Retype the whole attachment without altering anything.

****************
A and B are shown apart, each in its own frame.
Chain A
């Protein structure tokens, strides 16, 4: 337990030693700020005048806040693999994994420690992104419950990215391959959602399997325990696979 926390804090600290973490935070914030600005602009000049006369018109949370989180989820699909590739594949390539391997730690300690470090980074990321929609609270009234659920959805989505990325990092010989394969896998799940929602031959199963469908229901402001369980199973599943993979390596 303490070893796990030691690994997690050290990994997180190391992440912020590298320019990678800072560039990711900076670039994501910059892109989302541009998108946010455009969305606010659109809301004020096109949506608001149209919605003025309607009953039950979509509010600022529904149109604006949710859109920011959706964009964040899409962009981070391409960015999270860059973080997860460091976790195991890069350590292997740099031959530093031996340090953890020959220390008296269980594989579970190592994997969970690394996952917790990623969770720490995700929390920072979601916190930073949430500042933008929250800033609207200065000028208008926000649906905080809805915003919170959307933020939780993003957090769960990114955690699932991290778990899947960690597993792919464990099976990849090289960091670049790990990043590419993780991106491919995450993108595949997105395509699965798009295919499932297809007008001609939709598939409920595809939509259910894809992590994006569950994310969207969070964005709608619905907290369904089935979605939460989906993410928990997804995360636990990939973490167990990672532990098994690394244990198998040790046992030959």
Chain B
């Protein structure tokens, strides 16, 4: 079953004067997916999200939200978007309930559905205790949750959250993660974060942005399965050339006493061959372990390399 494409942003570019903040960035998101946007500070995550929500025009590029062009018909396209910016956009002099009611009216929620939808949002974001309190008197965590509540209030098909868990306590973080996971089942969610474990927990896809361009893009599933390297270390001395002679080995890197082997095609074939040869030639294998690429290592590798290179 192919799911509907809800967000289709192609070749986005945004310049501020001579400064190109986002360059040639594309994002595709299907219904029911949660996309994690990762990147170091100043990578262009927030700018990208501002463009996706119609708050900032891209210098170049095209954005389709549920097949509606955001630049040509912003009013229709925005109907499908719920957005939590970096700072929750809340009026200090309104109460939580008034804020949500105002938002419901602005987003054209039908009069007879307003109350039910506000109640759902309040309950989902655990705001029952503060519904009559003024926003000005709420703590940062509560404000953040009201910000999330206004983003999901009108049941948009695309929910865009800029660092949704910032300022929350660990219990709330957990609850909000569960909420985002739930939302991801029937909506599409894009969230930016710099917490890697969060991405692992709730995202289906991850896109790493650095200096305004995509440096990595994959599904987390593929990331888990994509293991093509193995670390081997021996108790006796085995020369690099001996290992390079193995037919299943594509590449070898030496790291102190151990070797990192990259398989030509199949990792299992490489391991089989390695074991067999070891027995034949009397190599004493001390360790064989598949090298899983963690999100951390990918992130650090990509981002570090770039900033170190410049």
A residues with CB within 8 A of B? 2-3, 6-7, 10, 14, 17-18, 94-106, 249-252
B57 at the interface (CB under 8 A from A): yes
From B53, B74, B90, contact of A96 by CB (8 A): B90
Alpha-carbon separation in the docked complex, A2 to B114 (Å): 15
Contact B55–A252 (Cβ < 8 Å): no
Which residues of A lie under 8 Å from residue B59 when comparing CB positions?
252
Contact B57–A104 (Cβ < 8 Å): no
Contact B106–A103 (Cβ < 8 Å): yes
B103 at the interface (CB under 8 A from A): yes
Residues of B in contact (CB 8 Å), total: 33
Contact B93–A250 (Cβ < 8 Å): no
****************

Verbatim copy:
A and B are shown apart, each in its own frame.
Chain A
């Protein structure tokens, strides 16, 4: 337990030693700020005048806040693999994994420690992104419950990215391959959602399997325990696979 926390804090600290973490935070914030600005602009000049006369018109949370989180989820699909590739594949390539391997730690300690470090980074990321929609609270009234659920959805989505990325990092010989394969896998799940929602031959199963469908229901402001369980199973599943993979390596 303490070893796990030691690994997690050290990994997180190391992440912020590298320019990678800072560039990711900076670039994501910059892109989302541009998108946010455009969305606010659109809301004020096109949506608001149209919605003025309607009953039950979509509010600022529904149109604006949710859109920011959706964009964040899409962009981070391409960015999270860059973080997860460091976790195991890069350590292997740099031959530093031996340090953890020959220390008296269980594989579970190592994997969970690394996952917790990623969770720490995700929390920072979601916190930073949430500042933008929250800033609207200065000028208008926000649906905080809805915003919170959307933020939780993003957090769960990114955690699932991290778990899947960690597993792919464990099976990849090289960091670049790990990043590419993780991106491919995450993108595949997105395509699965798009295919499932297809007008001609939709598939409920595809939509259910894809992590994006569950994310969207969070964005709608619905907290369904089935979605939460989906993410928990997804995360636990990939973490167990990672532990098994690394244990198998040790046992030959």
Chain B
């Protein structure tokens, strides 16, 4: 079953004067997916999200939200978007309930559905205790949750959250993660974060942005399965050339006493061959372990390399 494409942003570019903040960035998101946007500070995550929500025009590029062009018909396209910016956009002099009611009216929620939808949002974001309190008197965590509540209030098909868990306590973080996971089942969610474990927990896809361009893009599933390297270390001395002679080995890197082997095609074939040869030639294998690429290592590798290179 192919799911509907809800967000289709192609070749986005945004310049501020001579400064190109986002360059040639594309994002595709299907219904029911949660996309994690990762990147170091100043990578262009927030700018990208501002463009996706119609708050900032891209210098170049095209954005389709549920097949509606955001630049040509912003009013229709925005109907499908719920957005939590970096700072929750809340009026200090309104109460939580008034804020949500105002938002419901602005987003054209039908009069007879307003109350039910506000109640759902309040309950989902655990705001029952503060519904009559003024926003000005709420703590940062509560404000953040009201910000999330206004983003999901009108049941948009695309929910865009800029660092949704910032300022929350660990219990709330957990609850909000569960909420985002739930939302991801029937909506599409894009969230930016710099917490890697969060991405692992709730995202289906991850896109790493650095200096305004995509440096990595994959599904987390593929990331888990994509293991093509193995670390081997021996108790006796085995020369690099001996290992390079193995037919299943594509590449070898030496790291102190151990070797990192990259398989030509199949990792299992490489391991089989390695074991067999070891027995034949009397190599004493001390360790064989598949090298899983963690999100951390990918992130650090990509981002570090770039900033170190410049």
A residues with CB within 8 A of B? 2-3, 6-7, 10, 14, 17-18, 94-106, 249-252
B57 at the interface (CB under 8 A from A): yes
From B53, B74, B90, contact of A96 by CB (8 A): B90
Alpha-carbon separation in the docked complex, A2 to B114 (Å): 15
Contact B55–A252 (Cβ < 8 Å): no
Which residues of A lie under 8 Å from residue B59 when comparing CB positions?
252
Contact B57–A104 (Cβ < 8 Å): no
Contact B106–A103 (Cβ < 8 Å): yes
B103 at the interface (CB under 8 A from A): yes
Residues of B in contact (CB 8 Å), total: 33
Contact B93–A250 (Cβ < 8 Å): no